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With a City Hall needing some $23M in repairs, St. Charles keeps eye out for new home

With a City Hall needing some $23M in repairs, St. Charles keeps eye out for new home


ST. CHARLES — The aging City Hall needs extensive repairs that could cost upward of $23 million and city leaders, at least for a time, considered finding a new home for it outside of downtown, a push that’s been met with criticism.

Officials have known of the many problems with the building for several years — including the need to replace the heating and air conditioning systems — but have yet to act.

Mayor Daniel Borgmeyer at a City Council meeting this week said he was commissioning a study of where City Hall “needs to be” and what the cost will be.

“The council previous, some here, some not, have kicked this down the road for 12 years. It’s time to move,” the frustrated mayor said at the meeting. “This place is deteriorating. It’s degrading.”

Borgmeyer said the study will cost $20,000 to $30,000.

There are myriad problems with the concrete and gold-colored glass building that was built in 1975 at Monroe and North Second streets.

It doesn’t meet current structural or fire codes, and if the city tries to make any structural changes to expand it, it would trigger the need to make millions worth of changes to make it code compliant. There are no sprinkler systems on the third and fourth floors, and only partial coverage of the first two floors.

Don Stolberg, a management analyst with the city, told the Post-Dispatch that the seals on the windows are in poor condition. “Basically the whole outer shell of the building needs to be replaced,” he said.

The city had initially asked residents to consider three options: a complete renovation of City Hall, new construction elsewhere or the purchase of a 101,500-square-foot, one-story building at the intersection of Highway 370 and New Town Boulevard, about 4 miles to the northwest.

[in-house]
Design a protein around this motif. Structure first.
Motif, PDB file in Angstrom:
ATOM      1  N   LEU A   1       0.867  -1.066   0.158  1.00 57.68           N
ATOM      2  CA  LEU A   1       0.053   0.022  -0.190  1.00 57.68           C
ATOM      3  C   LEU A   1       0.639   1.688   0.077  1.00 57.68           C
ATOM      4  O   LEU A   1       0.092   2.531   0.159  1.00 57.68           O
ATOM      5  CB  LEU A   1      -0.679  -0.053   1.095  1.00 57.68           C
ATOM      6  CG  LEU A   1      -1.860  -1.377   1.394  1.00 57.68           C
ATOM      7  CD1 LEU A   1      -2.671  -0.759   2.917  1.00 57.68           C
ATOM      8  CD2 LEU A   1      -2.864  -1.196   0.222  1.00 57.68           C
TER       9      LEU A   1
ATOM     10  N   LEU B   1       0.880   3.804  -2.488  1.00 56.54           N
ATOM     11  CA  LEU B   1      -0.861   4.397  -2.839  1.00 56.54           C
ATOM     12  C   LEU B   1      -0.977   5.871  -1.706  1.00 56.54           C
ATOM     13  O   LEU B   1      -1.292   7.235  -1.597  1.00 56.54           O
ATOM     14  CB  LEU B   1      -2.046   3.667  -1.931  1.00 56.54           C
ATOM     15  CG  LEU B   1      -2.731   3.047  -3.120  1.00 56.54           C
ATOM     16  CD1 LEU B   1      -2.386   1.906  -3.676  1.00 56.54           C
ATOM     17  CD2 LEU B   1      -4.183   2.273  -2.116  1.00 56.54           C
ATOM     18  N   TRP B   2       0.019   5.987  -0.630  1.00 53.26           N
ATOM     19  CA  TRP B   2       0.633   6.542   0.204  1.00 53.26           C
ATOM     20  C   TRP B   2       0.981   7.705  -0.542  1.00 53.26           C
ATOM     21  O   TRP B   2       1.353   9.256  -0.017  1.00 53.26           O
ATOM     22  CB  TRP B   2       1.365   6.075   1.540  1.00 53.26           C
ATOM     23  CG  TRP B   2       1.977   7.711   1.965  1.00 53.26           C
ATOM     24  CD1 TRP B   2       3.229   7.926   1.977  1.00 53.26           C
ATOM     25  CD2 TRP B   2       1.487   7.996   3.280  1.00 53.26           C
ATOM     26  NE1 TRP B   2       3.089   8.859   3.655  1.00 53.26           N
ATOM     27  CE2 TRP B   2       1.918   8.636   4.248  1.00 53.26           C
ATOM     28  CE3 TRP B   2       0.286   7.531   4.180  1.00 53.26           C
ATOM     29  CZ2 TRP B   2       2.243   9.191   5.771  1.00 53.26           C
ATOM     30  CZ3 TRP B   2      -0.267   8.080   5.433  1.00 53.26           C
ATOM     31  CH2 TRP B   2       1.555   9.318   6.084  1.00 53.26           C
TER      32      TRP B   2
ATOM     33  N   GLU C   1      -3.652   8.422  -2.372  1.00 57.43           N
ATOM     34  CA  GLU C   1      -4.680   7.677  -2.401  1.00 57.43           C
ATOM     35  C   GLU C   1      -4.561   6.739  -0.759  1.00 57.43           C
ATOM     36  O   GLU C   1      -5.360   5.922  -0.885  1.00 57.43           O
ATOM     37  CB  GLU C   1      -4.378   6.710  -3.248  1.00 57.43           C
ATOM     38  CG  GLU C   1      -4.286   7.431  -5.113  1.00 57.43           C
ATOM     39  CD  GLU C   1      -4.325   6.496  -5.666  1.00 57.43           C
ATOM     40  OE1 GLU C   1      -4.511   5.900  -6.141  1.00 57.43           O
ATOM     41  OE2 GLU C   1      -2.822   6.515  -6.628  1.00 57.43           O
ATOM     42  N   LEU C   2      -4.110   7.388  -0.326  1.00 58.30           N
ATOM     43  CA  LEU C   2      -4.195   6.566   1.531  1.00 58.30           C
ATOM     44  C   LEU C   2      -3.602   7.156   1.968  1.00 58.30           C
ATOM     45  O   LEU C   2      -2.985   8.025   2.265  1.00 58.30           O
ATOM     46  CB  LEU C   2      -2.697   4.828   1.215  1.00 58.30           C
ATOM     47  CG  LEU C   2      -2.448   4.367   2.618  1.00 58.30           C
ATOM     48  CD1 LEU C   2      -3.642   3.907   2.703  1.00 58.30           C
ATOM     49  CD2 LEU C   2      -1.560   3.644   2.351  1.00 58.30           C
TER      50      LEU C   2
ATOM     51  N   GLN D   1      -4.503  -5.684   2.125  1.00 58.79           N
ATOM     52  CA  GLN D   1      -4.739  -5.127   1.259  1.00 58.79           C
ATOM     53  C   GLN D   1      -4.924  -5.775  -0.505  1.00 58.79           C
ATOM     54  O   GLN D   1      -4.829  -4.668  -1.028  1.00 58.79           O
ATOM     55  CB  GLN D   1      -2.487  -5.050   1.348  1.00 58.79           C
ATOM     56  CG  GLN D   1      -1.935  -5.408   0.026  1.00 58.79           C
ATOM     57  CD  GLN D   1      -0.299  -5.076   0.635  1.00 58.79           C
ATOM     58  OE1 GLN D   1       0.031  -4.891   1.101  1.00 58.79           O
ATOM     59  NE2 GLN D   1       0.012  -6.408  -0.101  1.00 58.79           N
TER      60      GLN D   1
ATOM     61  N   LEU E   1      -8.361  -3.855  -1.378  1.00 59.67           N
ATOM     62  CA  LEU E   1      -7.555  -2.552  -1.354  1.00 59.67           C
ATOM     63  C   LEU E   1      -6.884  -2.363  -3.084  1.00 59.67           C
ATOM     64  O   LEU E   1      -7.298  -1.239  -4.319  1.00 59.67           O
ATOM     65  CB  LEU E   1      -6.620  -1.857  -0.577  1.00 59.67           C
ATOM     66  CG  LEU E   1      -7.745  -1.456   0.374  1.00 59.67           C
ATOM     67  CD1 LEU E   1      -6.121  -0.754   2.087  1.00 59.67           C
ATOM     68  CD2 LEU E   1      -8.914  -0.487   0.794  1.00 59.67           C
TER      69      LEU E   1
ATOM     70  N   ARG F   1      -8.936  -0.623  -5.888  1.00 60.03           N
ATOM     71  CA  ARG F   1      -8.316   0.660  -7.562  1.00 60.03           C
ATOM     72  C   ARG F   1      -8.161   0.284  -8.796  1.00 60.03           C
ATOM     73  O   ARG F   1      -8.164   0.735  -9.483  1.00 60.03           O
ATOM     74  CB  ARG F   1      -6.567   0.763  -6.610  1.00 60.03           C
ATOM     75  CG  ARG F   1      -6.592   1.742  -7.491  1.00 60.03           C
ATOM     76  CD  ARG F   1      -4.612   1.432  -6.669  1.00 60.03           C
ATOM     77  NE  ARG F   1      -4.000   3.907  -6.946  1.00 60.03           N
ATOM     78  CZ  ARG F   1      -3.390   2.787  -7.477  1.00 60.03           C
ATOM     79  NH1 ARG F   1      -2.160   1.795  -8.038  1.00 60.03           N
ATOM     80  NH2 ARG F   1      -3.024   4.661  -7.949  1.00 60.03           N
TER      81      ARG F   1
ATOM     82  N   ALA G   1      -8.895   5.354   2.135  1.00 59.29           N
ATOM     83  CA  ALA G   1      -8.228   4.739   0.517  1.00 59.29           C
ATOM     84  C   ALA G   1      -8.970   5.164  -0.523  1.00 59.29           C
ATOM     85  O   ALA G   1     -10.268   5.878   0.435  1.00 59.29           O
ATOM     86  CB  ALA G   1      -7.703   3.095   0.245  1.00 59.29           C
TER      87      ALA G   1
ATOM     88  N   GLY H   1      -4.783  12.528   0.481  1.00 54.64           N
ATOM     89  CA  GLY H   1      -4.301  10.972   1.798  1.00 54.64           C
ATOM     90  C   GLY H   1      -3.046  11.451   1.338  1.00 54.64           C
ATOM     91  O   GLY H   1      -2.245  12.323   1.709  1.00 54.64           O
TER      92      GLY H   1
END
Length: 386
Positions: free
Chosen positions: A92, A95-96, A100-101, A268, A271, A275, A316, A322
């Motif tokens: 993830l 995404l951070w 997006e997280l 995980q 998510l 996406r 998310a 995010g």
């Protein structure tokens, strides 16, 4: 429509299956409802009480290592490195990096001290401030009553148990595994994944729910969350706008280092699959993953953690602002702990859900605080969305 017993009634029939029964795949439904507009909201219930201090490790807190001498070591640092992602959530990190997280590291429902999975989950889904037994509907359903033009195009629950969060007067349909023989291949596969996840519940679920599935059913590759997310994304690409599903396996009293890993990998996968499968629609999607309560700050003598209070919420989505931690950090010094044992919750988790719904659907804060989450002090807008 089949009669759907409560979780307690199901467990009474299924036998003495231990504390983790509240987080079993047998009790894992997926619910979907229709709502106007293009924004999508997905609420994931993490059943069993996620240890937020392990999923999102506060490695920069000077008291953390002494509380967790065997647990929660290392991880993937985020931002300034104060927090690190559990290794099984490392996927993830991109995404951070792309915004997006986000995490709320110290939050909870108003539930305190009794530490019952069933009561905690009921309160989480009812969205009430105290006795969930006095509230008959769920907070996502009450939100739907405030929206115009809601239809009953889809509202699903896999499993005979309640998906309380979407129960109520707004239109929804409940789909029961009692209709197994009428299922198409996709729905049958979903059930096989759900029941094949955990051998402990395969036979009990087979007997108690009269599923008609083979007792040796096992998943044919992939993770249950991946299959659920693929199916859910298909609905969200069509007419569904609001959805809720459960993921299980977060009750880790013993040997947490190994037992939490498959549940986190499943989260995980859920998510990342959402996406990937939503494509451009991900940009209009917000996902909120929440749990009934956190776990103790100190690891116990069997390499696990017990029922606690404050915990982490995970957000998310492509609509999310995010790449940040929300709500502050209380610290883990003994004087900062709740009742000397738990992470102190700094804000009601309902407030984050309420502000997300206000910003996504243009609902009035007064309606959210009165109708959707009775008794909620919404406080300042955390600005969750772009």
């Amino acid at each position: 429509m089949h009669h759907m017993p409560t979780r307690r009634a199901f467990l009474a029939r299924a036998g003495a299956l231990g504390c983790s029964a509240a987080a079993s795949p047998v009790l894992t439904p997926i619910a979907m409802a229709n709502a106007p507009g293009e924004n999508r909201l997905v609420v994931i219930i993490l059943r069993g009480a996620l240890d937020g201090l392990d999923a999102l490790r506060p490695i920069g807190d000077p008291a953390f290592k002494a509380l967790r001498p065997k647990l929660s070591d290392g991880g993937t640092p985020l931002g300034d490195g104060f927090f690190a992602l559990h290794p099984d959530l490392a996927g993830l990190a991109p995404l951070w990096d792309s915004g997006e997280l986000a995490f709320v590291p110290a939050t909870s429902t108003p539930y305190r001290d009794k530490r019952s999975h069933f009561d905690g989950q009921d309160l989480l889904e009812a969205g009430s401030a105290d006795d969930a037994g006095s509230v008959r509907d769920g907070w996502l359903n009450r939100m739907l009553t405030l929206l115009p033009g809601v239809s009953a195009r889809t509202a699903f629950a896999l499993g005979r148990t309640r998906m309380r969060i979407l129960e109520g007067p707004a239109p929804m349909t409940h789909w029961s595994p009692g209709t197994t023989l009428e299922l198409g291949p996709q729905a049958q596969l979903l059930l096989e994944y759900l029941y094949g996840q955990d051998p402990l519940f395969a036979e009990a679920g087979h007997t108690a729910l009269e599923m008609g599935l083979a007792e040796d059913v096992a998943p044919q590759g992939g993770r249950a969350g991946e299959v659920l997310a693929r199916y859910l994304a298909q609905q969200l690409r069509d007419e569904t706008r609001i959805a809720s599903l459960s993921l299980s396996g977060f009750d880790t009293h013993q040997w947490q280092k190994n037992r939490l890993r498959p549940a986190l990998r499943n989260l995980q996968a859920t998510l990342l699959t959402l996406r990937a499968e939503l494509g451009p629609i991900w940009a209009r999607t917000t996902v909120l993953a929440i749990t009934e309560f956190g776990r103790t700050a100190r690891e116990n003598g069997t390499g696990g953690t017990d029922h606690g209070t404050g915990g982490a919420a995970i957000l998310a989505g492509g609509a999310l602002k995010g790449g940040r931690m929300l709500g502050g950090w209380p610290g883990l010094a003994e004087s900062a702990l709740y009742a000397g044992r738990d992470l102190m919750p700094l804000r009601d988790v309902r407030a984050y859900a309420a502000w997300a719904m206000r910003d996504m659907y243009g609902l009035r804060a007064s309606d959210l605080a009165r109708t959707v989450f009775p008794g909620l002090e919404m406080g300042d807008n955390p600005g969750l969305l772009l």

But two City Council members this week withdrew a bill seeking to purchase the property at 400 Fountain Lakes Boulevard. Officials said a vocal group of downtown residents and businesses were opposed to moving City Hall out of downtown St. Charles. Borgmeyer told the Post-Dispatch that the council voted 9-1 last month to buy the Fountain Lakes property before opposition mounted against the purchase.

Mounting opposition

Sharlotte Worthington, who owns commercial and retail property downtown with her husband, said Friday that downtown residents and businesses were startled to learn last month that the city was planning to buy the Fountain Lakes property. Many, she said, felt that the move would have a negative economic effect on downtown, and City Hall needed to stay in the government center along with the courthouse and the St. Charles County building.

She said “widespread community opposition spread like wildfire.”

The city has commissioned previous studies to provide guidance. A 2008 study estimated that a total renovation of City Hall would cost $6 million. That has now ballooned to $20 million to $23 million, including the cost of moving employees and offices out for the duration of construction.

A new “iconic” building in an unspecified location could cost of $12 million to $19 million after the sale of the existing City Hall, according to officials and videos for residents that presented the three options. Those videos have since been taken down from the municipal website, where residents at one point were allowed to vote on the options.

The cost for the move out of downtown to the building at 400 Fountain Lakes would have been $5 million to $9 million, after the sale of the current City Hall. Officials said that cost could be lower if the city leases out some of the excess building area or sells off some of the land.

Officials on the videos pledged that residents would see no tax increase with any of the options.

A new building would provide more space for public meetings and allow for state-of-the-art audio and video equipment. There would be no more overflow crowds watching council meetings on a monitor in the lobby.

Services would be centralized so customers wouldn’t have to go from department to department, floor to floor like they do now.

And it would be designed to address unspecified “significant security concerns” identified by police in a 2017 threat analysis. Stolberg said the only way to address those concerns in the existing building is with a complete redesign.

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